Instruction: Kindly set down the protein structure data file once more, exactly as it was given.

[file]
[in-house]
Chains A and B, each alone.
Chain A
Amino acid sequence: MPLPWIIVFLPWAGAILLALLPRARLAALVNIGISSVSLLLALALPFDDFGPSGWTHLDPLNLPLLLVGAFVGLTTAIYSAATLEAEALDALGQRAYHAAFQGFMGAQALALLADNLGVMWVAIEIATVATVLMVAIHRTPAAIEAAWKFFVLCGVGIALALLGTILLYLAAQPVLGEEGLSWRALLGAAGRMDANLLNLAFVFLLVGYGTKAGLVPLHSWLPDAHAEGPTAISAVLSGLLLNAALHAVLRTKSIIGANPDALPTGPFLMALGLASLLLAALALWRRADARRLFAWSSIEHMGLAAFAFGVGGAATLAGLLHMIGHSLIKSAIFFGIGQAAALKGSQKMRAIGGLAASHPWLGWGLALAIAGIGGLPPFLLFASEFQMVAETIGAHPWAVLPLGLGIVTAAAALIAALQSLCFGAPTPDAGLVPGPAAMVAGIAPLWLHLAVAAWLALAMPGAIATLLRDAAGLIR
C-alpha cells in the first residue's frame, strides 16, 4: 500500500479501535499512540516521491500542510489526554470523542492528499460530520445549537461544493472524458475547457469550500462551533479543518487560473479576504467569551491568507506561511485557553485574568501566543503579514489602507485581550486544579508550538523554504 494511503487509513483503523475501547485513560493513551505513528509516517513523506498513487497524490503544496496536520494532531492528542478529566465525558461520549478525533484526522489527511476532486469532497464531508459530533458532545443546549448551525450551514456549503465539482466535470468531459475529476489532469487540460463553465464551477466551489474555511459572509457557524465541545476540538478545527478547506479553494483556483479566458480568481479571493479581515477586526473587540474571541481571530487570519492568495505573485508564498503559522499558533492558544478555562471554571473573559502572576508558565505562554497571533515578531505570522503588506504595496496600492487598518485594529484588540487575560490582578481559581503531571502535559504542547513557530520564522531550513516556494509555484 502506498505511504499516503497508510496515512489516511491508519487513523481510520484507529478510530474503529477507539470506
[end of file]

[in-house]
Chains A and B, each alone.
Chain A
Amino acid sequence: MPLPWIIVFLPWAGAILLALLPRARLAALVNIGISSVSLLLALALPFDDFGPSGWTHLDPLNLPLLLVGAFVGLTTAIYSAATLEAEALDALGQRAYHAAFQGFMGAQALALLADNLGVMWVAIEIATVATVLMVAIHRTPAAIEAAWKFFVLCGVGIALALLGTILLYLAAQPVLGEEGLSWRALLGAAGRMDANLLNLAFVFLLVGYGTKAGLVPLHSWLPDAHAEGPTAISAVLSGLLLNAALHAVLRTKSIIGANPDALPTGPFLMALGLASLLLAALALWRRADARRLFAWSSIEHMGLAAFAFGVGGAATLAGLLHMIGHSLIKSAIFFGIGQAAALKGSQKMRAIGGLAASHPWLGWGLALAIAGIGGLPPFLLFASEFQMVAETIGAHPWAVLPLGLGIVTAAAALIAALQSLCFGAPTPDAGLVPGPAAMVAGIAPLWLHLAVAAWLALAMPGAIATLLRDAAGLIR
C-alpha cells in the first residue's frame, strides 16, 4: 500500500479501535499512540516521491500542510489526554470523542492528499460530520445549537461544493472524458475547457469550500462551533479543518487560473479576504467569551491568507506561511485557553485574568501566543503579514489602507485581550486544579508550538523554504 494511503487509513483503523475501547485513560493513551505513528509516517513523506498513487497524490503544496496536520494532531492528542478529566465525558461520549478525533484526522489527511476532486469532497464531508459530533458532545443546549448551525450551514456549503465539482466535470468531459475529476489532469487540460463553465464551477466551489474555511459572509457557524465541545476540538478545527478547506479553494483556483479566458480568481479571493479581515477586526473587540474571541481571530487570519492568495505573485508564498503559522499558533492558544478555562471554571473573559502572576508558565505562554497571533515578531505570522503588506504595496496600492487598518485594529484588540487575560490582578481559581503531571502535559504542547513557530520564522531550513516556494509555484 502506498505511504499516503497508510496515512489516511491508519487513523481510520484507529478510530474503529477507539470506